Bjørn Helland-Hansen (16 October 1877 – 7 September 1957) was a Norwegian pioneer in the field of modern oceanography. He studied the variation patterns of the weather in the northern Atlantic Ocean and of the atmosphere.
He studied both medicine and physics at the University of Christiania (now University of Oslo). He developed the “Helland-Hansen Photometer” in 1910, which was carried on board Michael Sars. It was operated for the first time close to the Azores at a depth between 500 and m. In 1915 he became Professor of oceanography at the Bergen Museum, and in 1917 director of the Geophysical Institute, University of Bergen.
In 1933 he was awarded the Alexander Agassiz Medal. From 1946 to 1948, Helland-Hansen was President of the International Union of Geodesy and Geophysics (IUGG). He was a member of the Prussian Academy of Sciences and a member of the Member of the Academy of Sciences of the German Democratic Republic (DDR).
Helland-Hansen trained Alexander Kuchin, the Russian oceanographer who went to Antarctica with Roald Amundsen. An island in the Russian Arctic, east of the Geiberg Islands, has been named Gellanda-Gansena after Helland-Hansen.
Tor Bergeron (15 August 1891 – 13 June 1977) was a Swedish meteorologist who proposed a mechanism for the formation of precipitation in clouds. In the 1930s, Bergeron and W. Findeisen developed the concept that clouds contain both supercooled water and ice crystals. According to Bergeron, most precipitation is formed as a consequence of water evaporating from small supercooled droplets and accreting onto ice crystals, which then fall as snow, or melt and fall as cold rain depending on the ambient air temperature. This process is known as the Bergeron Process, and is believed to be the primary process by which precipitation is formed.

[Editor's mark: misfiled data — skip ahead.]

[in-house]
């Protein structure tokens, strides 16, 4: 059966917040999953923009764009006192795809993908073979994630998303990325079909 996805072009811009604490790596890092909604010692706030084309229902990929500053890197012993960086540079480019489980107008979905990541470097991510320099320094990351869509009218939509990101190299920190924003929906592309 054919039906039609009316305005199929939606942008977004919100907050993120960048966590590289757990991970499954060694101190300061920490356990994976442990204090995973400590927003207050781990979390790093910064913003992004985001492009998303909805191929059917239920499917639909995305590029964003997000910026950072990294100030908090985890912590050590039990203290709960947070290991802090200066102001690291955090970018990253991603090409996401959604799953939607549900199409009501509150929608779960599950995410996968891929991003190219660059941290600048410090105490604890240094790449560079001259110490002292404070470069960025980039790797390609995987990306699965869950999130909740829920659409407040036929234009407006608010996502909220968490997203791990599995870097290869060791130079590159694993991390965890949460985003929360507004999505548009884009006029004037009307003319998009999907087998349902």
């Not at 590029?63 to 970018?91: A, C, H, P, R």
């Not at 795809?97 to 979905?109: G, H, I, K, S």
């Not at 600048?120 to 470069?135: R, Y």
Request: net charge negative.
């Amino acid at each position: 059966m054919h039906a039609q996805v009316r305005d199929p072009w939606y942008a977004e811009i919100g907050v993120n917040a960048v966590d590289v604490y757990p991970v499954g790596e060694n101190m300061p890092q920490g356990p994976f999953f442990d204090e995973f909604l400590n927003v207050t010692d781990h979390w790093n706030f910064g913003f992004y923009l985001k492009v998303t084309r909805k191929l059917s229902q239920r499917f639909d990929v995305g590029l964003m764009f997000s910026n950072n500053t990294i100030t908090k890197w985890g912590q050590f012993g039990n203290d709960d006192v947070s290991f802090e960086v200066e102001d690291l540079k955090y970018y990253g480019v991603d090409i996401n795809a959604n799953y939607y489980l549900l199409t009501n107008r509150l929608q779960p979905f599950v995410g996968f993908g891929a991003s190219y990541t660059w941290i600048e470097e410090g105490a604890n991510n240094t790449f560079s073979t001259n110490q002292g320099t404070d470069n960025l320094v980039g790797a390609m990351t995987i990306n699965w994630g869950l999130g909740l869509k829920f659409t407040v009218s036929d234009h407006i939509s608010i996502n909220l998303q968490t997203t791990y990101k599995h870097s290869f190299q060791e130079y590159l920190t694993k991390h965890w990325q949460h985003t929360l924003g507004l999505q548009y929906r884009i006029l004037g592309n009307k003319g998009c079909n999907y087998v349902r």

Bergeron was one of the principal scientists in the Bergen School of Meteorology, which transformed this science by introducing a new conceptual foundation for understanding and predicting weather. While developing innovative methods of forecasting, the Bergen scientists established the notion of weather fronts and elaborated a new model of extratropical cyclones that accounted for their birth, growth, and decay. Bergeron is credited with discovering the occlusion process, which marks the final stage in the life cycle of an extratropical cyclone.
In 1949 he was awarded the Symons Gold Medal of the Royal Meteorological Society. In 1966 he was awarded the prestigious International Meteorological Organization Prize from the World Meteorological Organization.